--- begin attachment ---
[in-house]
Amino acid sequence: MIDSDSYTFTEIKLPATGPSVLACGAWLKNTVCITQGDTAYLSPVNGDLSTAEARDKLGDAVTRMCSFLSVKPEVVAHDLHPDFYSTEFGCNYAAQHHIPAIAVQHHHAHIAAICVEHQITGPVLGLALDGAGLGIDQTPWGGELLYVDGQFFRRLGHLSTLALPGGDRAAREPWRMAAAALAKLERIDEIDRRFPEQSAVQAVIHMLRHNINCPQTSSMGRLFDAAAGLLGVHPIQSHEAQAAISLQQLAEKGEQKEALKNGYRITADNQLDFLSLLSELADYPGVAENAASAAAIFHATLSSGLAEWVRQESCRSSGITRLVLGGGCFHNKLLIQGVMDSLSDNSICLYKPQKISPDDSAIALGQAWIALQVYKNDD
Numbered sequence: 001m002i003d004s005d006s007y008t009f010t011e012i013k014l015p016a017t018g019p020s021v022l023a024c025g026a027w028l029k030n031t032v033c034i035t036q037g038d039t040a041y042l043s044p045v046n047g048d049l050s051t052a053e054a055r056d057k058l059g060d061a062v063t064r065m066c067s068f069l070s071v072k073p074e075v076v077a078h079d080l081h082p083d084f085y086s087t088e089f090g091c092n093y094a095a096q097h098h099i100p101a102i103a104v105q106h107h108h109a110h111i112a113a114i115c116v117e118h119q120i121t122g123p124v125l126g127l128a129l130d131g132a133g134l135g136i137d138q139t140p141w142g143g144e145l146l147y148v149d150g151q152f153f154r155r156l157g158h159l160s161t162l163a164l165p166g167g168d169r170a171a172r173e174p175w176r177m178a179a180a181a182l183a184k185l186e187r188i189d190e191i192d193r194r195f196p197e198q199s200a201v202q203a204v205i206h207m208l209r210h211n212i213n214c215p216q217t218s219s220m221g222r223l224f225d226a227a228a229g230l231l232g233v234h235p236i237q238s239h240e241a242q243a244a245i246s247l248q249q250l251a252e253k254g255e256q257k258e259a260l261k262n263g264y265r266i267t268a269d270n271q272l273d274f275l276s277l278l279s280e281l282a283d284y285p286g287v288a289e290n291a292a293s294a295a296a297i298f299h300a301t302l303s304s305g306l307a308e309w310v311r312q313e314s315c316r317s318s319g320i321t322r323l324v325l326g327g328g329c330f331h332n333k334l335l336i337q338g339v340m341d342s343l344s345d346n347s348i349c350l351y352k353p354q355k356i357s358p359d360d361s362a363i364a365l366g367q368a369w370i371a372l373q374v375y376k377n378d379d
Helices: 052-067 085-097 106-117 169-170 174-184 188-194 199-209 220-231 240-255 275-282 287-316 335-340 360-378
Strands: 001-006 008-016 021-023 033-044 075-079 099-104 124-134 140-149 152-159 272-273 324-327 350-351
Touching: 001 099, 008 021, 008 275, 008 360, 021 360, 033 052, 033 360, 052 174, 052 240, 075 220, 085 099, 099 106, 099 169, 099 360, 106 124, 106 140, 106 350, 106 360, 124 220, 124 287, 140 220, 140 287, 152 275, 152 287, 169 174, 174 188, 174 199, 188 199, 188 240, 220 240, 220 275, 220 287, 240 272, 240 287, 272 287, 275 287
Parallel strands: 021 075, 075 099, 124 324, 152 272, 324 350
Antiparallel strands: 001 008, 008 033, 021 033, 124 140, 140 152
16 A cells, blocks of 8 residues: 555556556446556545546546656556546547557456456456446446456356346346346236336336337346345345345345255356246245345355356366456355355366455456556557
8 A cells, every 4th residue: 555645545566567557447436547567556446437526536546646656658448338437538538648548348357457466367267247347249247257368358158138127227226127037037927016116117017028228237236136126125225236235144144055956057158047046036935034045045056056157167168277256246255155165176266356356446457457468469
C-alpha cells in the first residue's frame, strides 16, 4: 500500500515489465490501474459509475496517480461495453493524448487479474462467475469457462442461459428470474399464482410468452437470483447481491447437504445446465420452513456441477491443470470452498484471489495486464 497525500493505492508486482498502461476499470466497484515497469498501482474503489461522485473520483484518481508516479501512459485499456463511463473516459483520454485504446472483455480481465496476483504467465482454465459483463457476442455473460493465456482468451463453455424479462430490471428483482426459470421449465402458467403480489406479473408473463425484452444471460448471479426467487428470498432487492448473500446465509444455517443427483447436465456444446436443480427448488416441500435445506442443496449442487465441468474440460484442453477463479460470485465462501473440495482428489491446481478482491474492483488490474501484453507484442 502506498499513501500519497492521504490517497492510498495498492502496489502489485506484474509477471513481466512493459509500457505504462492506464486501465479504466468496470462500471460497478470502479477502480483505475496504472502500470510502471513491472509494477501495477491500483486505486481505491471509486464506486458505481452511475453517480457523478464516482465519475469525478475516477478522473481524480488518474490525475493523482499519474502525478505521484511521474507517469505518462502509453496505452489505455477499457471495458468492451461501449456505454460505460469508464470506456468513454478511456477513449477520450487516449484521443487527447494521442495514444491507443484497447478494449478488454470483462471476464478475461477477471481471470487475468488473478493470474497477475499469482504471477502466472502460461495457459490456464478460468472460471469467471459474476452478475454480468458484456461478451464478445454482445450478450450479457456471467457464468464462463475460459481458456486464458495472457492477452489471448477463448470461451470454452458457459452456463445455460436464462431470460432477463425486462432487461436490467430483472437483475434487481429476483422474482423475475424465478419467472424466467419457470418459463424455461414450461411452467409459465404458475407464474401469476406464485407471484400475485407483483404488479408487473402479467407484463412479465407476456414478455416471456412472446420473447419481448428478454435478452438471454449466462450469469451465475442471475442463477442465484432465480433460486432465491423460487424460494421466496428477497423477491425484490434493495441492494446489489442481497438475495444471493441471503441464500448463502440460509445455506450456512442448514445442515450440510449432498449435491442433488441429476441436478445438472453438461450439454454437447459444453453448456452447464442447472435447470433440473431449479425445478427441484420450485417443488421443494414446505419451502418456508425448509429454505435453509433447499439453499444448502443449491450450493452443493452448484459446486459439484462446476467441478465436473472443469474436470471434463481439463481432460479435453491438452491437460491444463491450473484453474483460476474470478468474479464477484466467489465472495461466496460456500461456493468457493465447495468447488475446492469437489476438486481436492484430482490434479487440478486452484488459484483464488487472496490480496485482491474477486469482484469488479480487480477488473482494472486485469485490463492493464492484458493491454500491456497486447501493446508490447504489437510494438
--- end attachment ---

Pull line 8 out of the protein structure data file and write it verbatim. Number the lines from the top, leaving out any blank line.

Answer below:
Antiparallel strands: 001 008, 008 033, 021 033, 124 140, 140 152